Marketing on a Shoestring Budget

I’ve worked in marketing for a number of years with clients with both large and small budgets and with a number of not-for-profit organizations that typically need to keep costs down. My personal approach to marketing, regardless of budget, is to always strive to “get the most, for the least” (in terms of time/money/effort). And, in truth, these days most organizations’ budgets are dwindling so less is definitely more!

Foundationally, I feel the key to marketing on a small budget (or large budget, for that matter) is to have a very, very thorough understanding of both your desired objectives and your target audience. This seems obvious and most marketers will say they do. But, in my experience, I generally find that businesses often spend far too little time at the front end clarifying what it is they wish to achieve and thoroughly understanding their target audience. That target audience understanding will include demographics, of course, but should also include a consideration of what drives that audience, what influences them, and what they do with their time–at work, at home and in pursuit of leisure activities.

 

In truth, the more you know about your target audience the more clearly, and narrowly, you can identify the best communication methods to reach them. It may make more sense, and have more impact, to do a very targeted direct mail campaign to 100 individuals than to run an ad during the nightly news. You may reach *more* people with your TV ad, but if they’re not the *right* people it really doesn’t matter how many you reach.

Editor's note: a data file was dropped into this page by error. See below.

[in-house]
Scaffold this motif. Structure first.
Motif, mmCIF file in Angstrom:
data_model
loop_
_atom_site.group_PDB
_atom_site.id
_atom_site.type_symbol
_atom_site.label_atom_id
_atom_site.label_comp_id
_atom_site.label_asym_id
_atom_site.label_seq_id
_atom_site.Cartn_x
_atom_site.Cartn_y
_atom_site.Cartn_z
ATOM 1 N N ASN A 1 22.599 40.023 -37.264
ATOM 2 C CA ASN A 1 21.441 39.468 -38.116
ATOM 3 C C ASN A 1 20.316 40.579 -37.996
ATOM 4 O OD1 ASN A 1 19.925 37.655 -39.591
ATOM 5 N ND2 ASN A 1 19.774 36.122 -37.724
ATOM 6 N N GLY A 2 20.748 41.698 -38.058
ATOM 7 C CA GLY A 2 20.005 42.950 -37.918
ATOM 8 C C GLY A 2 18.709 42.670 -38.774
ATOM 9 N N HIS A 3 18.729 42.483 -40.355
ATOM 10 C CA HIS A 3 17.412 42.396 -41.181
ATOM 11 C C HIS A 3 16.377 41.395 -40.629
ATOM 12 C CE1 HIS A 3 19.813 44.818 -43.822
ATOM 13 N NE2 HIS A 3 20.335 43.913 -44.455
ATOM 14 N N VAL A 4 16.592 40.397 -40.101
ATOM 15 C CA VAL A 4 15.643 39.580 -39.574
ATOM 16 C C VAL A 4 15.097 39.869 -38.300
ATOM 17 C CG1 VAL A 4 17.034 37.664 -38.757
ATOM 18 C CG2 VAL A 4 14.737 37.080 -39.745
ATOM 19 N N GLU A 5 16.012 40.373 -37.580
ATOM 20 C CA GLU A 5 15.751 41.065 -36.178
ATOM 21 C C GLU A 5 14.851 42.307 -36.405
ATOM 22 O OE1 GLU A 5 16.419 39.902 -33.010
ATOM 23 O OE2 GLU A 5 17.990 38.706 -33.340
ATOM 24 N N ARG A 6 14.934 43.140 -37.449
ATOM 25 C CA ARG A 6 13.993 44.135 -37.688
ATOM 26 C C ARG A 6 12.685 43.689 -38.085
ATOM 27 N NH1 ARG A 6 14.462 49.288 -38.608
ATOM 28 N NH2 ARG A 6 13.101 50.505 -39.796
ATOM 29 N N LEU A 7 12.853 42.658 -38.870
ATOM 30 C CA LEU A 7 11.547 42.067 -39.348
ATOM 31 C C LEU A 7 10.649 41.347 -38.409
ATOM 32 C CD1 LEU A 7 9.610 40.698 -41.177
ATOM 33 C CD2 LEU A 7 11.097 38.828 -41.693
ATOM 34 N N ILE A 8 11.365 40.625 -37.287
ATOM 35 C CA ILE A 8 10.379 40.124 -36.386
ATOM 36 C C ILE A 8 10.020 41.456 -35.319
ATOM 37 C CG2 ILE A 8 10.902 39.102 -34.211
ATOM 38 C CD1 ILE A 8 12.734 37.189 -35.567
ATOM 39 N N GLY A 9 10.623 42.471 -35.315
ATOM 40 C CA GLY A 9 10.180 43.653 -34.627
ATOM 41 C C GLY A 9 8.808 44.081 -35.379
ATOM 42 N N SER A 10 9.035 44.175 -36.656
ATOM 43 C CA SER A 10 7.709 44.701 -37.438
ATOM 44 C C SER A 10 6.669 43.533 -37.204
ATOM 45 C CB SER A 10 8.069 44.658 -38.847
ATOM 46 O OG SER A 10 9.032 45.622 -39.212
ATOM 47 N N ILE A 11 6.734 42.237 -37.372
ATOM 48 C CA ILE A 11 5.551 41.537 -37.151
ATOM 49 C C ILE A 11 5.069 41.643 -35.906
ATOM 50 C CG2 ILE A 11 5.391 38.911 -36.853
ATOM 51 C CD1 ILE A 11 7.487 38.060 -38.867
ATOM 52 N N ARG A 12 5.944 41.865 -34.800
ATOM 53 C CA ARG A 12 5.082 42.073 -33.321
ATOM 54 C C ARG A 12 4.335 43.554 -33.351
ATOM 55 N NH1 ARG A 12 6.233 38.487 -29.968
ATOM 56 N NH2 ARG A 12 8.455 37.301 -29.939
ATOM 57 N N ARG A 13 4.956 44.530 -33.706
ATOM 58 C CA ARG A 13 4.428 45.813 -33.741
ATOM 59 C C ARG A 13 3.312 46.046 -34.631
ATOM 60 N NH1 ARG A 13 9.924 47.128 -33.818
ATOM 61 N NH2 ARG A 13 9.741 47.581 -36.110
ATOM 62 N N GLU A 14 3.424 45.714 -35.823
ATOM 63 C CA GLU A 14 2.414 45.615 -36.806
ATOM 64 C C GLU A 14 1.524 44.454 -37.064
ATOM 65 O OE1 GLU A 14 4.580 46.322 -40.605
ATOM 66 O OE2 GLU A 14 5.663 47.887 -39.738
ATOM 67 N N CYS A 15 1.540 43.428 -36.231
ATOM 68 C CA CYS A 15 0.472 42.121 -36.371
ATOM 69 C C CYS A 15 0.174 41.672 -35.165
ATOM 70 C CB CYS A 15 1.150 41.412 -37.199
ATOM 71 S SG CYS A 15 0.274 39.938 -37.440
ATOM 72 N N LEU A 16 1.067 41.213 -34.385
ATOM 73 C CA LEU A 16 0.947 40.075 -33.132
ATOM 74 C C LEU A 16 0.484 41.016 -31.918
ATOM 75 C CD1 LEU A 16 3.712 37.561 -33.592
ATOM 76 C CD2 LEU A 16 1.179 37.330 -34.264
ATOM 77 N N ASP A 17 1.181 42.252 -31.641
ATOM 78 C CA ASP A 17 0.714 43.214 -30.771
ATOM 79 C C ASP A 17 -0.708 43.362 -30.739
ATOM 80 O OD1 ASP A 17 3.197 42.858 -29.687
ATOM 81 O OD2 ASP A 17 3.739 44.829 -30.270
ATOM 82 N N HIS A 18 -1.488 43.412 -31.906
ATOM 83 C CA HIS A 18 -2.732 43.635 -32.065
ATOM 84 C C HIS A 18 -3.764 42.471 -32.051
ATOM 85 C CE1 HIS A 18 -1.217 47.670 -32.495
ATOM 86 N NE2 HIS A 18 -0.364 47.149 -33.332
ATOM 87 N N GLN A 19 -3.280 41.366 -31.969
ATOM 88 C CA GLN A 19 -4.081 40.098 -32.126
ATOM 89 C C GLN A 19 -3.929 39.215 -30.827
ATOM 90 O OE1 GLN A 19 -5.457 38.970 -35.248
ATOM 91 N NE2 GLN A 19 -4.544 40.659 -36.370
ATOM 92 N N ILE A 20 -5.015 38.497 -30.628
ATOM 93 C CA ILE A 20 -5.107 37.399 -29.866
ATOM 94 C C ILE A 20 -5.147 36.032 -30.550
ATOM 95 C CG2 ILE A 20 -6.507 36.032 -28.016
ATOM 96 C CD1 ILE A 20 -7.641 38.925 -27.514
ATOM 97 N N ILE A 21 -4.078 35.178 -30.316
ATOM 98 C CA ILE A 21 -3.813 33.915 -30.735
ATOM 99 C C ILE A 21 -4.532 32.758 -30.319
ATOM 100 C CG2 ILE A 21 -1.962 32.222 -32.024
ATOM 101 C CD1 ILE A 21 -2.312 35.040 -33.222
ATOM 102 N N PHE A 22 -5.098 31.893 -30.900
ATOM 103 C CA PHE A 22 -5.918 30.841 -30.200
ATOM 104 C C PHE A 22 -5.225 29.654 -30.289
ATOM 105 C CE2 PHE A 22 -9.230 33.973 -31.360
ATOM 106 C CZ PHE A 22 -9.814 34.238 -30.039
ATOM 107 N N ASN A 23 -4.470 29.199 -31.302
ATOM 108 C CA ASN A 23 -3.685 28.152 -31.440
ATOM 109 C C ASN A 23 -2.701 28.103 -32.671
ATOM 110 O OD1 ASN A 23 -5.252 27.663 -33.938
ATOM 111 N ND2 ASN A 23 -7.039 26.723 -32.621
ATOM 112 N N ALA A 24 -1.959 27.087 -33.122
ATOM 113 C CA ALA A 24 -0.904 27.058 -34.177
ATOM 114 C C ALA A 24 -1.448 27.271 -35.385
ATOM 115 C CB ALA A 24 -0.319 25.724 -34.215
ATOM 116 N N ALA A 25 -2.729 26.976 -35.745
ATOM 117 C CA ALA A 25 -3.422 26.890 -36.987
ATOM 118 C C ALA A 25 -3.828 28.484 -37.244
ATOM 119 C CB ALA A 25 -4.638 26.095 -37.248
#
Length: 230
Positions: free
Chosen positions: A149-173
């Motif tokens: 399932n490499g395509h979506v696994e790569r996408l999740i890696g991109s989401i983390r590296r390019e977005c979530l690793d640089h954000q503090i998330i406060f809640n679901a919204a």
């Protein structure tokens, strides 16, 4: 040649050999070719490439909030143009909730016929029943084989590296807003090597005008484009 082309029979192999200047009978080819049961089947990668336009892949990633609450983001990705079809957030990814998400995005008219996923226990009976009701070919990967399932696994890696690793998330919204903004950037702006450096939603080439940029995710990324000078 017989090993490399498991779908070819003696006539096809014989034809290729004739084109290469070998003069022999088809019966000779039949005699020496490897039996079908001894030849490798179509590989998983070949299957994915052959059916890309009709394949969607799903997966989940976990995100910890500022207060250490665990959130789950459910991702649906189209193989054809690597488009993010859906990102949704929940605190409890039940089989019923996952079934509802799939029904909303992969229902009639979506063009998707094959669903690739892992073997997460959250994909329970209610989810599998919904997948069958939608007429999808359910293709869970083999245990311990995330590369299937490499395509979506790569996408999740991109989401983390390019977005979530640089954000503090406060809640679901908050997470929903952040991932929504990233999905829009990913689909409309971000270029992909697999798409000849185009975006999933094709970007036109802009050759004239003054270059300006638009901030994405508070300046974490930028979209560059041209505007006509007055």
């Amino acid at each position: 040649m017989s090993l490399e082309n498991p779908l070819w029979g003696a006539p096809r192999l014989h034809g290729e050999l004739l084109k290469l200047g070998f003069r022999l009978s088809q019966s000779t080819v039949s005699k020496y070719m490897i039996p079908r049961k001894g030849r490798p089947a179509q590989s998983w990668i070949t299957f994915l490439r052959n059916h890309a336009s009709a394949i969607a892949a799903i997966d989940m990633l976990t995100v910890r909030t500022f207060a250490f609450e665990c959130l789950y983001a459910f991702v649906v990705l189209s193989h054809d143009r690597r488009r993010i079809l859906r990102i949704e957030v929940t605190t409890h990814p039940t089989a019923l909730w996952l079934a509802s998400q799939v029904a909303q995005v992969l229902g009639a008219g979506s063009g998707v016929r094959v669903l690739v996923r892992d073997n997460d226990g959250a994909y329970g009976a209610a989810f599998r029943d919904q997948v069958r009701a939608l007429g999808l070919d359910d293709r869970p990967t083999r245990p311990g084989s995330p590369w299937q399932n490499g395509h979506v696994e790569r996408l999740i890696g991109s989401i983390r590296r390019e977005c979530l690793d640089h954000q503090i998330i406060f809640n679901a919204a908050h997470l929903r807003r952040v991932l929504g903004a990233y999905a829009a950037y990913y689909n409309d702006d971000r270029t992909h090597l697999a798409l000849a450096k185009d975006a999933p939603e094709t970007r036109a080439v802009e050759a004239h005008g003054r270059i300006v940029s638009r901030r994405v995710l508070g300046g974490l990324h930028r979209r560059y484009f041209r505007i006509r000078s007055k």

Another tip: thinking creatively about ways to connect with your audience. It’s common to follow the masses and do what everybody else is doing or what you’re most familiar with as a consumer. But, thinking creatively can help you identify no-cost/low-cost ways to get your messages in front of the right people. So, for instance, if you operate a restaurant in a resort community, perhaps the local bars might be interested in using coasters that you provide that include your restaurant’s logo, web address or QR code that takes them directly to your menu. If you have a beauty salon, maybe local boutiques would be willing to put postcards or flyers in their customers’ bags.

 

Social media is what most people think about today when they think about cost-effective marketing, and it can be cost-effective. But, like any other communication tool it’s only as effective as the number of qualified prospects it reaches. Time translates, of course, into money.

 

Finally, it’s important to note that you don’t always need to advertise. You may be able to gain traction through leveraging word-of-mouth among existing customers, clients or patients; conducting various business development or outreach efforts; or gaining exposure through PR/media coverage.

 

I don’t believe there is a direct correlation between how much you spend on marketing and the results you achieve. There is, though, a very direct correlation between how much time you take to think strategically about your marketing efforts and the results you attain.

 

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